Ballooning bureaucracy deserves scrutiny in light of service delivery failures

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The federal government continues to expand at a rapid rate, and yet Canadians continue to endure what seems like ever-worsening service delivery. Photo credit: The Canadian Press/Paul Chiasson

 

Canadians spent the summer complaining about government services. 

You’d be hard pressed to ask a colleague or neighbor how they were doing without being on the receiving end of a horror story about a missed flight to Europe because of hours spent in a security line up. Worse still, you might have heard about the friend of a friend who was forced to set up camp outside of a government office to try and beat the line to get their passport renewed.

While most issues were written off as an inconvenience, some had real life consequences.

Take for example the Afghans living under Taliban rule, who have been stuck in the queue for well over a year waiting to receive visas from Immigration Refugees and Citizenship Canada. For many of the individuals waiting to come to Canada, their visa approval could make the difference between life or death.

The list of problems goes on and on.   

Much of the last two years has been characterized by rolling lockdowns, news about what you can and cannot do, and how to obey public health restrictions. For most, it’s been a shock to the system to emerge and discover that many of the government services we’ve traditionally relied on broke under the weight of the pandemic.

Canadians are rightly upset about the current status quo that seemed to have reached its peak this summer. They took to social media to air their grievances.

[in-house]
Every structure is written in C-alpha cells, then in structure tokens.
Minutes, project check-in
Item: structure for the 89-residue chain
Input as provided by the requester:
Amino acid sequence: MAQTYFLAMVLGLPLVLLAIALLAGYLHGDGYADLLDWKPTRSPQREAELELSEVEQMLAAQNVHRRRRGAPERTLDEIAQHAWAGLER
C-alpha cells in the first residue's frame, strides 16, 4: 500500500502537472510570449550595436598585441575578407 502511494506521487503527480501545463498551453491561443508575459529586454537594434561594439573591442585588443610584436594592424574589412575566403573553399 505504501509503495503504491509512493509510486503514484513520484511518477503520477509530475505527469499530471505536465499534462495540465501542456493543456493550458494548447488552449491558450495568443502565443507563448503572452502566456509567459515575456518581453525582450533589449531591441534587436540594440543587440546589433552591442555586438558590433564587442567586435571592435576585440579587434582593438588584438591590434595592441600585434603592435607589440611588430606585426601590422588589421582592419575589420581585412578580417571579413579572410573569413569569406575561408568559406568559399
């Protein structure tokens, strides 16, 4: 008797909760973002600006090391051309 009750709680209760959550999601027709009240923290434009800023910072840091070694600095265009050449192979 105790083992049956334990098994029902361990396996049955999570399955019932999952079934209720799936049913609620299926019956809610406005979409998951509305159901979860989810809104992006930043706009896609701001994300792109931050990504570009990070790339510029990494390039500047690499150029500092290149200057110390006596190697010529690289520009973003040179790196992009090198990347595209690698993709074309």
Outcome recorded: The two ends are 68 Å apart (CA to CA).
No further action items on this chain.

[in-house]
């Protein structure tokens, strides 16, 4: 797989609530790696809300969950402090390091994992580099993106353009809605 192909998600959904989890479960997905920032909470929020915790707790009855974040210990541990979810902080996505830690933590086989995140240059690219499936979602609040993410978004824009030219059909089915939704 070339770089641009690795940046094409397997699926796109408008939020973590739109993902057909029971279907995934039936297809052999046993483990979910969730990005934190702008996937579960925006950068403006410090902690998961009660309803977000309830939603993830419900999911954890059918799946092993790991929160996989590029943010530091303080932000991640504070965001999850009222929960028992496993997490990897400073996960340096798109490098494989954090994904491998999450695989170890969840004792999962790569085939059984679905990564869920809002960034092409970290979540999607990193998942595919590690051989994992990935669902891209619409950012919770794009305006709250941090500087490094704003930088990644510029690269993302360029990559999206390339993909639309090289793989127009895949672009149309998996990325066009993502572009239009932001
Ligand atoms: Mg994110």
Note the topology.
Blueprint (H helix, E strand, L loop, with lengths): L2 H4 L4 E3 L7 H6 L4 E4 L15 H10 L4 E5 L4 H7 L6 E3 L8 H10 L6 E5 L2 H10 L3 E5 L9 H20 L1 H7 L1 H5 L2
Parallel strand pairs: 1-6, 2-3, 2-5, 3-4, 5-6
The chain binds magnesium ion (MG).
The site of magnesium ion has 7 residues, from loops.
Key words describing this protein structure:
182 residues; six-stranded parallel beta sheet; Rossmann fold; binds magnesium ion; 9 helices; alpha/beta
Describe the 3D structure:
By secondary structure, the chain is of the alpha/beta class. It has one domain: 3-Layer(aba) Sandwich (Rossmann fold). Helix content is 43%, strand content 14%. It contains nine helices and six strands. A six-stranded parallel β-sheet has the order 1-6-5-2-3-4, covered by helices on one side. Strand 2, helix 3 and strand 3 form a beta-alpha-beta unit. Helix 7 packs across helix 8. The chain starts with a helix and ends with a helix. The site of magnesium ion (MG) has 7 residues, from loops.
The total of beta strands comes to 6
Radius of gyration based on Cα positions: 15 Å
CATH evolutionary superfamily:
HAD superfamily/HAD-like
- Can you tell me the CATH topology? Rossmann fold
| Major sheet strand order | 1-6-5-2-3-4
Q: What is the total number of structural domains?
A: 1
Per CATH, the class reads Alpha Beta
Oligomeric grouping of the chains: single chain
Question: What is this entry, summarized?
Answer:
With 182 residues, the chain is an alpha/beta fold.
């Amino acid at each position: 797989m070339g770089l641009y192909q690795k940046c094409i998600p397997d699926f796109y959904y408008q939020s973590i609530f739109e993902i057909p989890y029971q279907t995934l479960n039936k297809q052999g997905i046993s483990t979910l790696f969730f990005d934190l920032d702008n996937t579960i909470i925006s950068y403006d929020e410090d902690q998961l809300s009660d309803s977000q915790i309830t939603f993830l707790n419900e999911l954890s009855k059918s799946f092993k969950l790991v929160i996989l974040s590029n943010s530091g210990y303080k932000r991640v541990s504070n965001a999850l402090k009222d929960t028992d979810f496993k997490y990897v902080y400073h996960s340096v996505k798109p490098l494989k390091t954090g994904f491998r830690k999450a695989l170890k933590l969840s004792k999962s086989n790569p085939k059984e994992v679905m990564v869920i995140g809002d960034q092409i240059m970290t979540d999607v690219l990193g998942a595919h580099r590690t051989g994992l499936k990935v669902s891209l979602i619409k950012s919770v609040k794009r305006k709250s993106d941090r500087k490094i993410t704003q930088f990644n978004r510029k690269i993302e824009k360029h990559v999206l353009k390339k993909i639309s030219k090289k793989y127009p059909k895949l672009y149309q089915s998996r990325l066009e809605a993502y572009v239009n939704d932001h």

In response, the government took a two-fold approach.

First, they tried to pass the blame to Canadians, saying in the case of travel backlogs that travellers were ‘rusty’ going through airports and this was the primary reason for delays at security. When it was clear this tactic wasn’t well received, they set up a taskforce to deal with this, and a litany of other service delivery problems.

But the truth of the matter is that there should never have been a need for a taskforce, or any other communications buzzwords to cover up for the incompetence of the federal government. 

According to a CBC analysis, the federal government added more than 35,000 employees since the pandemic started in 2020. And over the last eight years, 79 of 84 departments grew in size, including departments like the Canadian Revenue Agency, Immigration Refugees and Citizenship Canada, and Employment and Social Development Canada.

Like most private sector corporations who were forced to deal with the realities of the COVID-19 pandemic, it’s not shocking that the federal government was forced to hire. But the hiring spree has been ongoing since the Trudeau government took power in 2015.

Most Canadians would probably shrug their shoulders at the revelation of the federal government’s headcount, except for the fact that outcomes for average Canadians only seems to be getting worse. Issues with passports, visas, security lines – these are just the problems that managed to get the most traction in the news. 

Kevin Page, a former Parliamentary Budget Officer, concluded that the public service “is growing well in excess of five per cent a year, which is much, much faster than the private sector and faster than the rate of growth in the real economy.”

Staffing for peaks is understandable. 

But continuous growth that outpaces that of the private sector, with no clear service standards, or measurable targets that are being achieved (or aren’t, in the case of bringing in 40,000 Afghan refugees), should not be normalized. Moreover, it is an issue that deserves further scrutiny to understand exactly how public service growth has reached its current levels, and at what cost.

If the Trudeau government is serious about getting spending under control and its books in order ahead of the next budget cycle, they will start by addressing the structural challenges within the federal bureaucracy that have led to failed service delivery for Canadians. 

Josie Sabatino is a Senior Consultant at Summa Strategies, focused on providing strategic insight and helping clients meet their objectives in an ever changing and complex political and regulatory environment. Prior to joining Summa, Josie spent nearly a decade in political communications and most recently served as the Director of Communications to the Hon. Erin O’Toole, former Leader of the Official Opposition.

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